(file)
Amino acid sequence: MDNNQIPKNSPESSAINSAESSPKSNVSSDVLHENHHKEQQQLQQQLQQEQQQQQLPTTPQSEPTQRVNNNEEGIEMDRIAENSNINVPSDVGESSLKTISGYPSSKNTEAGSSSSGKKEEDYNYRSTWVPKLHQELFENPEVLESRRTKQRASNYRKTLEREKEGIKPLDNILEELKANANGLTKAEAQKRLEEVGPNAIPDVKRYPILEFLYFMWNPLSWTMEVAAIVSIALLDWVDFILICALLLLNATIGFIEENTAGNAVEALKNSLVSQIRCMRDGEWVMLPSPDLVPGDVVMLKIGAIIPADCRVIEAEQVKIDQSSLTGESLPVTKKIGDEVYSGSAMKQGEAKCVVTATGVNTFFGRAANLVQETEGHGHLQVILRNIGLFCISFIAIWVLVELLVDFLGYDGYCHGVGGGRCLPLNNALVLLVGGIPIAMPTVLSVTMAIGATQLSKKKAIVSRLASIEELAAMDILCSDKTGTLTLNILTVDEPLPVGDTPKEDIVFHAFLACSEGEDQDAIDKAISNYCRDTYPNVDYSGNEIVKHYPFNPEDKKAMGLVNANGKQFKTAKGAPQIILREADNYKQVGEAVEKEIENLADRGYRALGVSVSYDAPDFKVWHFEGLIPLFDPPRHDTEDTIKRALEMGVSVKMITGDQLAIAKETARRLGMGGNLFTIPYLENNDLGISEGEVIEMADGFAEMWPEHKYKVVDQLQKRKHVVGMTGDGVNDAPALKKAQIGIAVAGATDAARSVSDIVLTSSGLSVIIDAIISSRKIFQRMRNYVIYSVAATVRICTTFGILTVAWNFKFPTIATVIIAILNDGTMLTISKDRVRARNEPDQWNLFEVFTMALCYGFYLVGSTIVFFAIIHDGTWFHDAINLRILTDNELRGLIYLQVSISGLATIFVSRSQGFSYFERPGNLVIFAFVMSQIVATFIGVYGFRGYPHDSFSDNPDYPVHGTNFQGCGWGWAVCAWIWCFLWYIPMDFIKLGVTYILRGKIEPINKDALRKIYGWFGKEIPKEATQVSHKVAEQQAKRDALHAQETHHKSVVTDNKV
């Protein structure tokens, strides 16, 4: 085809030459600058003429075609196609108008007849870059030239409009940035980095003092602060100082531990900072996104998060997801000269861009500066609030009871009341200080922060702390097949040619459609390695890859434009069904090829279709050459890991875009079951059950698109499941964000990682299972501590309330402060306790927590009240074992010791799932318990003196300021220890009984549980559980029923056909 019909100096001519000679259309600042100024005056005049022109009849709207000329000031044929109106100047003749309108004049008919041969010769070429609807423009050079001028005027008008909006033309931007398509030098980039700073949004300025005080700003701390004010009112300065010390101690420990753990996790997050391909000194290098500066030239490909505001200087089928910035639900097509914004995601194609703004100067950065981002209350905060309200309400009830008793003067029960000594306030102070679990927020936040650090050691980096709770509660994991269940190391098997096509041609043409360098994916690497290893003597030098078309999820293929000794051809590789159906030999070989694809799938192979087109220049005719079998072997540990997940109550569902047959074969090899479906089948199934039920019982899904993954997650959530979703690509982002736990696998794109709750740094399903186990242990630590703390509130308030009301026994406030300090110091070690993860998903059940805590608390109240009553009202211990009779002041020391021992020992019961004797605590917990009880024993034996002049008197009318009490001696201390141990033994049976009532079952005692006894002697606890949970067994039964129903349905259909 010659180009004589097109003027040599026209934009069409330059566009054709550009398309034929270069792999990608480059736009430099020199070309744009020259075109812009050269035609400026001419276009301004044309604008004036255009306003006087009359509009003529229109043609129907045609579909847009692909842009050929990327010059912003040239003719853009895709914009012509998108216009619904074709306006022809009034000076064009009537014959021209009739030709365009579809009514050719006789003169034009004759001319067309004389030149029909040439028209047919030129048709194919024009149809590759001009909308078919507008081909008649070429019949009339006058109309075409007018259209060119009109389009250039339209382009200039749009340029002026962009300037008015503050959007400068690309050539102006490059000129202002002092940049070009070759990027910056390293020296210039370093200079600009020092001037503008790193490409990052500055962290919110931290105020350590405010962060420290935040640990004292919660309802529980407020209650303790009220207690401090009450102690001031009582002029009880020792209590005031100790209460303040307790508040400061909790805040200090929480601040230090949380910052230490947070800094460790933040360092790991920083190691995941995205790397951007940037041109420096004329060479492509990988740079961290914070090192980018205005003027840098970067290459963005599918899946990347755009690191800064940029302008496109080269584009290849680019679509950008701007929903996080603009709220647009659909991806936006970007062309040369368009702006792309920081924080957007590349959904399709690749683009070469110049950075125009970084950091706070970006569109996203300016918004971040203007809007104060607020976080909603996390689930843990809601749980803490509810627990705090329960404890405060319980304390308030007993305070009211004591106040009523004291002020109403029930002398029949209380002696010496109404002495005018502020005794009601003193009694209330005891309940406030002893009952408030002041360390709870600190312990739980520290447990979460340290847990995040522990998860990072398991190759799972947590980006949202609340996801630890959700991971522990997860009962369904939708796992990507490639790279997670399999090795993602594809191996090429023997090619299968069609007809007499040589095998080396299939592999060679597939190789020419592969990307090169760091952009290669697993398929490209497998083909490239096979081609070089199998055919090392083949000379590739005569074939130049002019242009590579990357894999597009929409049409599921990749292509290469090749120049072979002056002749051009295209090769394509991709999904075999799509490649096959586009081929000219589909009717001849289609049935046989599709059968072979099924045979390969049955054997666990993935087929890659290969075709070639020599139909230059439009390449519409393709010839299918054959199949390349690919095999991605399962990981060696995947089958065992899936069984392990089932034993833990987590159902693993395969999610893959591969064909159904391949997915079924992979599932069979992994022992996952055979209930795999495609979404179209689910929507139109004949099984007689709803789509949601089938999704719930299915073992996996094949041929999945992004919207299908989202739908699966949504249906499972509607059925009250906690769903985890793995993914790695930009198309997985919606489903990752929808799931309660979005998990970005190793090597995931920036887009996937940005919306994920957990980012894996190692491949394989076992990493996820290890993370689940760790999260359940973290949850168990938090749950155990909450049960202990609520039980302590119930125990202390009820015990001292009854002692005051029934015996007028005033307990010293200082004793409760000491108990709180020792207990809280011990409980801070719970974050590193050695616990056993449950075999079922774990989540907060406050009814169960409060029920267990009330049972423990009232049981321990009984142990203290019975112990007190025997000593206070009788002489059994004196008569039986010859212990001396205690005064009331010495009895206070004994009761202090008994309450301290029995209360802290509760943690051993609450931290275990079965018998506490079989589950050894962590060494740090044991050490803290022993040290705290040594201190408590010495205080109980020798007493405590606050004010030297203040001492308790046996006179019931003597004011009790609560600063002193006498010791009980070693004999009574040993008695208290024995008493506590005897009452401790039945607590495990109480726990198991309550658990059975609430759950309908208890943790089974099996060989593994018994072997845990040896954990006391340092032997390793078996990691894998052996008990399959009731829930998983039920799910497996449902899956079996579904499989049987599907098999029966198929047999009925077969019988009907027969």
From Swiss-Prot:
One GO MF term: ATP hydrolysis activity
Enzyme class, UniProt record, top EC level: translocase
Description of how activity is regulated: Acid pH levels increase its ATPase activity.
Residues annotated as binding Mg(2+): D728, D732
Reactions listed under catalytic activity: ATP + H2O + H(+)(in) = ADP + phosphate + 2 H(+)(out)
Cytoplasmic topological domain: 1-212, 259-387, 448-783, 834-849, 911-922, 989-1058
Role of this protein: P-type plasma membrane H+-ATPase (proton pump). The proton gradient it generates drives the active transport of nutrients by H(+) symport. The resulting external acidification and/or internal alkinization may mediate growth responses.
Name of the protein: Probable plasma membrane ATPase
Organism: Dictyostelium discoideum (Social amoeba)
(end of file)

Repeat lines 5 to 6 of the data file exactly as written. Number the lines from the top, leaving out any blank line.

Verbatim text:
Enzyme class, UniProt record, top EC level: translocase
Description of how activity is regulated: Acid pH levels increase its ATPase activity.